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Flagellum Density Regulates Proteus mirabilis Swarmer Cell Motility in Viscous Environments

Tuson, Hannah H., Copeland, Matthew F., Carey, Sonia, Sacotte, Ryan, Weibel, Douglas B.
Journal of bacteriology 2013 v.195 no.2 pp. 368-377
Proteus mirabilis, agar, bacteriology, catheters, cell movement, flagellum, gene overexpression, mammals, operon, pathogenesis, pathogens, urinary tract diseases, vegetative cells, viscosity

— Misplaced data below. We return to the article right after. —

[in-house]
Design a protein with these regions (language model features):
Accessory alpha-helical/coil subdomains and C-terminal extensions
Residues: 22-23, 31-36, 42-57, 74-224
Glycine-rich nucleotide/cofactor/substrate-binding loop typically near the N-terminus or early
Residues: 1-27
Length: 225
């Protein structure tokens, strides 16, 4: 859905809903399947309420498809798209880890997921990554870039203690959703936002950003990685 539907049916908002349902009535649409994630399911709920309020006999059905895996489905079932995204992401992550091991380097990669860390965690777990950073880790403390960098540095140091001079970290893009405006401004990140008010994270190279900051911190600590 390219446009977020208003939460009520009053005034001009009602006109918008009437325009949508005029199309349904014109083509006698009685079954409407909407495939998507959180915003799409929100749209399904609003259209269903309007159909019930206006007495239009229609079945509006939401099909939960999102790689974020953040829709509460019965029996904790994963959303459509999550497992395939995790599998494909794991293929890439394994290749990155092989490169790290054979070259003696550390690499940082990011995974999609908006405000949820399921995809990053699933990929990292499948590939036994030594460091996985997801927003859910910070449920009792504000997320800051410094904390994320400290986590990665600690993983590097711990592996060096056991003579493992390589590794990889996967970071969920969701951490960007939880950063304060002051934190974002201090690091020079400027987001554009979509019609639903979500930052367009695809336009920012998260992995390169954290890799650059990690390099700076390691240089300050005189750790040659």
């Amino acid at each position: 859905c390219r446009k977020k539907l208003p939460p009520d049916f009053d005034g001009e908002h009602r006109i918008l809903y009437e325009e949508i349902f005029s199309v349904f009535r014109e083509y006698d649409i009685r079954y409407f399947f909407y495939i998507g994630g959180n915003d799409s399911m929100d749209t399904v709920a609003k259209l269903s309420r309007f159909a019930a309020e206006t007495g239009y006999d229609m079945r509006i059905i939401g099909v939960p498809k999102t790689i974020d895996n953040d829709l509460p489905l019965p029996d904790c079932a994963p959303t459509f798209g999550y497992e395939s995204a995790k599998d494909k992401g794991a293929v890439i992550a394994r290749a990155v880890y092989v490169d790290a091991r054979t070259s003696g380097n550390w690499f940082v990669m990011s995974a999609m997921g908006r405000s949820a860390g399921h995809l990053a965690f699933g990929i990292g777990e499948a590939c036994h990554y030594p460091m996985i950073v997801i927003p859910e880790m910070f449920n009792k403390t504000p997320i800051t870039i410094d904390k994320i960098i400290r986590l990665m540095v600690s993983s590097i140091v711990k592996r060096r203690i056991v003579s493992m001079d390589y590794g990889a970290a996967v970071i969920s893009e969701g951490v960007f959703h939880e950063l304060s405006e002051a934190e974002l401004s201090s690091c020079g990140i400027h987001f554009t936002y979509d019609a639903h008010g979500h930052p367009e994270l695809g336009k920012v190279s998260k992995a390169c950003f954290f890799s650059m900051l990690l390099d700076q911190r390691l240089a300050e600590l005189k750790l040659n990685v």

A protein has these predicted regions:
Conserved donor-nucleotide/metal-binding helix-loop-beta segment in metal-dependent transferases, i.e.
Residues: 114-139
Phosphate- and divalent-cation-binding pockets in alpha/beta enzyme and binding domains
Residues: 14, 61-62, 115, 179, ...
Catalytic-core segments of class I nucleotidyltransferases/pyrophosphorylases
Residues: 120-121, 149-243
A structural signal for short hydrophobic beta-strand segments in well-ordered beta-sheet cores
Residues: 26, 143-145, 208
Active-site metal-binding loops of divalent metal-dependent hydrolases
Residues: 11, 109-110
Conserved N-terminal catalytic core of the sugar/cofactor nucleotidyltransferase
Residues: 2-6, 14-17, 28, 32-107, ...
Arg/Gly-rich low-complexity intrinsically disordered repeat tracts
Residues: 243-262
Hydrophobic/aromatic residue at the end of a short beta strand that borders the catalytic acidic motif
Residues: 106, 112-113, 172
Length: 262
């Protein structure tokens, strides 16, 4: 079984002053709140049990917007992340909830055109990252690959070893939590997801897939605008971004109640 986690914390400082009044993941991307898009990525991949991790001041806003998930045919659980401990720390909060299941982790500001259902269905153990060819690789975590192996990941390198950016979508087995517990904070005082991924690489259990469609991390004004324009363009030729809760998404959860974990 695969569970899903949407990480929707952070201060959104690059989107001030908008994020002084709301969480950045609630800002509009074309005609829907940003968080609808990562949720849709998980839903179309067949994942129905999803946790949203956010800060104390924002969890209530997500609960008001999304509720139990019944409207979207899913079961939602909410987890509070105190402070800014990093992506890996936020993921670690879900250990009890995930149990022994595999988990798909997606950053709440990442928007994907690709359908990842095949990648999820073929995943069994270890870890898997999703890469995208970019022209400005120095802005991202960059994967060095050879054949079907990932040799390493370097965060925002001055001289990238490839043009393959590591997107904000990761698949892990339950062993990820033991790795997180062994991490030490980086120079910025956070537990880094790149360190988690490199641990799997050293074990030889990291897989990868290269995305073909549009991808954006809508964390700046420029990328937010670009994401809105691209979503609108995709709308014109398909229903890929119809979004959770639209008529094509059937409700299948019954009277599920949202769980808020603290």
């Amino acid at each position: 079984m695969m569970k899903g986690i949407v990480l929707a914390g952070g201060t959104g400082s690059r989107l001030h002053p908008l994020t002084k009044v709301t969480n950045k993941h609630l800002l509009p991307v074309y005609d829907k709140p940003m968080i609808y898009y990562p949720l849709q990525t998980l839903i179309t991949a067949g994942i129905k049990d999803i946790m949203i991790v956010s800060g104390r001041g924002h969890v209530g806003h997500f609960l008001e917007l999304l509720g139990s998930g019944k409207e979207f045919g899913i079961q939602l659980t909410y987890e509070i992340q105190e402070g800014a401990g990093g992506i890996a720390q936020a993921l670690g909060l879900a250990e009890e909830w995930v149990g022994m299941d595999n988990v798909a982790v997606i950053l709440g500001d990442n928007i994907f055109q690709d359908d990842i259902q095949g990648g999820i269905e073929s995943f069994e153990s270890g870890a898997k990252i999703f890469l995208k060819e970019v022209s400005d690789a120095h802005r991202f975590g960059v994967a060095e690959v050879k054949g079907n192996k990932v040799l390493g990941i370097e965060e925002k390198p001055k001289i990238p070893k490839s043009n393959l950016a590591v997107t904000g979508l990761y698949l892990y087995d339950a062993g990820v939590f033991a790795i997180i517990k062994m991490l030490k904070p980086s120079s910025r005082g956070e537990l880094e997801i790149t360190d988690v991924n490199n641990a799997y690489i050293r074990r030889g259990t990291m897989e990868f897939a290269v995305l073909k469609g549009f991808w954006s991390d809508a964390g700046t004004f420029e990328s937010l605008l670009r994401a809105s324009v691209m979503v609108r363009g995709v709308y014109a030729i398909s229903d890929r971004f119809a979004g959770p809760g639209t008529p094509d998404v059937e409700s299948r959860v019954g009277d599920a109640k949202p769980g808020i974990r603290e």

Proteus mirabilis is an opportunistic pathogen that is frequently associated with urinary tract infections. In the lab, P. mirabilis cells become long and multinucleate and increase their number of flagella as they colonize agar surfaces during swarming. Swarming has been implicated in pathogenesis; however, it is unclear how energetically costly changes in P. mirabilis cell morphology translate into an advantage for adapting to environmental changes. We investigated two morphological changes that occur during swarming—increases in cell length and flagellum density—and discovered that an increase in the surface density of flagella enabled cells to translate rapidly through fluids of increasing viscosity; in contrast, cell length had a small effect on motility. We found that swarm cells had a surface density of flagella that was ∼5 times larger than that of vegetative cells and were motile in fluids with a viscosity that inhibits vegetative cell motility. To test the relationship between flagellum density and velocity, we overexpressed FlhD4C2, the master regulator of the flagellar operon, in vegetative cells of P. mirabilis and found that increased flagellum density produced an increase in cell velocity. Our results establish a relationship between P. mirabilis flagellum density and cell motility in viscous environments that may be relevant to its adaptation during the infection of mammalian urinary tracts and movement in contact with indwelling catheters.